A unique pair of PK22 lounge chair, designed by Poul Kjaerholm, manufactured by Fritz Hansen in Denmark around 1960.
The chairs have a beautiful chrome-plated metal base. The seat is upholstered in high quality brown leather, creating a very nice contrast with the clean material of the frame. It is an impressive combination of warmth and luxury in design. The backwards leaning shape of the backrest make it exceptionally comfortable as well! The chairs even have the manufacturer’s label as well as the logo and maker carved into the frame, as shown in photos.
The chairs remain in very good condition, with minor wear creating a wonderful vintage patina.
Sold as a set!
About the designer:
Poul Kjærholm (January 8, 1929–April 18, 1980) was a Danish designer.
Born in Øster Vra°, Denmark, Kjærholm began as a cabinetmaker’s apprentice with Gronbech in 1948, going on to the Danish School of Arts and Crafts in Copenhagen in 1952. In 1953, he married Hanne Kjærholm who became a successful architect. He was very articulate and with his natural authority he started an outstanding career as an educator in the same year (1952) but continued to study with Prof. Erik Herløw and Prof. Palle Suenson.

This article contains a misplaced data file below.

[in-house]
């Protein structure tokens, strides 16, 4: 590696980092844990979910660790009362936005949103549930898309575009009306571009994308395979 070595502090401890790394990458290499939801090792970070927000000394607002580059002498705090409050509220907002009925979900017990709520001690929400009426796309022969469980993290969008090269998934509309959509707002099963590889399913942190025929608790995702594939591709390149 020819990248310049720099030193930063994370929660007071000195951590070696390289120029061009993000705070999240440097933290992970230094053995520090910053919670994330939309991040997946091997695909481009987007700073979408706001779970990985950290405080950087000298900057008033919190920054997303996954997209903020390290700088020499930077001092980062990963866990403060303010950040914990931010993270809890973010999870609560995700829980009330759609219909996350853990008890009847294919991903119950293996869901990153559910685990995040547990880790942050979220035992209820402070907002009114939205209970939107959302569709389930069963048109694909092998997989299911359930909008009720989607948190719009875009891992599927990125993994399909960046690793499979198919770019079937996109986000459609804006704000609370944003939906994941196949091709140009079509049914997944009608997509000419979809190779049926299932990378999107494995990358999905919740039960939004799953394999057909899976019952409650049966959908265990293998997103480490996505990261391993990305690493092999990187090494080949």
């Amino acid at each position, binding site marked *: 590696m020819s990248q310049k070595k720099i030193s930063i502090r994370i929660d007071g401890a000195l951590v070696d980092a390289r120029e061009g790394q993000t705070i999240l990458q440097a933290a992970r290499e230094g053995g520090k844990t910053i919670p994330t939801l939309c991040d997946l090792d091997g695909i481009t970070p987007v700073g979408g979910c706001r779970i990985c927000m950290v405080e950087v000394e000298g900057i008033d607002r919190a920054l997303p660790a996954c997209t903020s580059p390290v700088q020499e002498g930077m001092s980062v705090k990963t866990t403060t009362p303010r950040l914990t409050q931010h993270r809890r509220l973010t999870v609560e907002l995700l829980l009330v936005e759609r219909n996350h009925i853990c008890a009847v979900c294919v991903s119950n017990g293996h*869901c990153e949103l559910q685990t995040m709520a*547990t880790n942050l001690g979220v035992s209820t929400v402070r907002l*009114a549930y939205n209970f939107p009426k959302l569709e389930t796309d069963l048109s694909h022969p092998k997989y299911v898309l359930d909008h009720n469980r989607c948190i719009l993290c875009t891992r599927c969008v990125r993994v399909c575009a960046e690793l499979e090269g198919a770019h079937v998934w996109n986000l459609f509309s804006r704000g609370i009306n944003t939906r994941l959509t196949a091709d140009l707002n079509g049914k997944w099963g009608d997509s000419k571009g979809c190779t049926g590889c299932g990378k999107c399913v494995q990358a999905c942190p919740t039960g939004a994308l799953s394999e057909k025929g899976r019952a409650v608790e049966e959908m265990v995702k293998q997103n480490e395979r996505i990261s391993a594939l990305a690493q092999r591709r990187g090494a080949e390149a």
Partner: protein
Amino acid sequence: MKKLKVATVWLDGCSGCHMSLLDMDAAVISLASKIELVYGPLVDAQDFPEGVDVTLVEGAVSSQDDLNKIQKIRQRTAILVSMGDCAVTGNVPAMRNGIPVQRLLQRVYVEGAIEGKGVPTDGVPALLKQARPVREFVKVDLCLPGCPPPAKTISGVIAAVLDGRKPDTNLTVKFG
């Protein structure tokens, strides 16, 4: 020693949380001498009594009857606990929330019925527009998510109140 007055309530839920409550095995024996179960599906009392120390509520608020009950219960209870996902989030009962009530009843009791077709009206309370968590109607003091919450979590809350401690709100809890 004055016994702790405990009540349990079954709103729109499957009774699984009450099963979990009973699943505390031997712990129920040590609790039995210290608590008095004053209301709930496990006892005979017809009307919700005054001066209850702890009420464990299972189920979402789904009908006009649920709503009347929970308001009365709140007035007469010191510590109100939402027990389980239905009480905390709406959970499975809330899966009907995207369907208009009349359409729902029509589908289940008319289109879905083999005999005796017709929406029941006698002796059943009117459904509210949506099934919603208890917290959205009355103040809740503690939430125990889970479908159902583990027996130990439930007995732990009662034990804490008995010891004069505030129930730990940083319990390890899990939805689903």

From the mid-1950s he worked for his friend Ejvind Kold Christiansen, an entrepreneur who, giving him tremendous artistic freedom, produced an extensive range of his furniture. His distinctive style is evident as early as 1952 in his PKO Minimalist plywood series. The PK61 coffee table of 1955 is a playfully irrational supporting frame visible through the glass top. In 1958 he attracted international acclaim for his contributions to the ‘Formes Scandinaves’ exhibition in Paris and the award of the legendary ‘Lunning Award’, the same year for his PK22 chair. In both 1957 and 1960 he won the Grand Prize at the Milan Trennali. In 1959 he became assistant at the Royal Danish Academy of fine Arts in Copenhagen and lecturer. In 1965 his PK24 chaise longue typified his mature style. Its simple flowing lines combine steel and woven cane. In 1967 he was awarded the Danish ID Prize for product design. He became head of the Institute for Design in 1973 and finally professor in 1976 until his death four years later.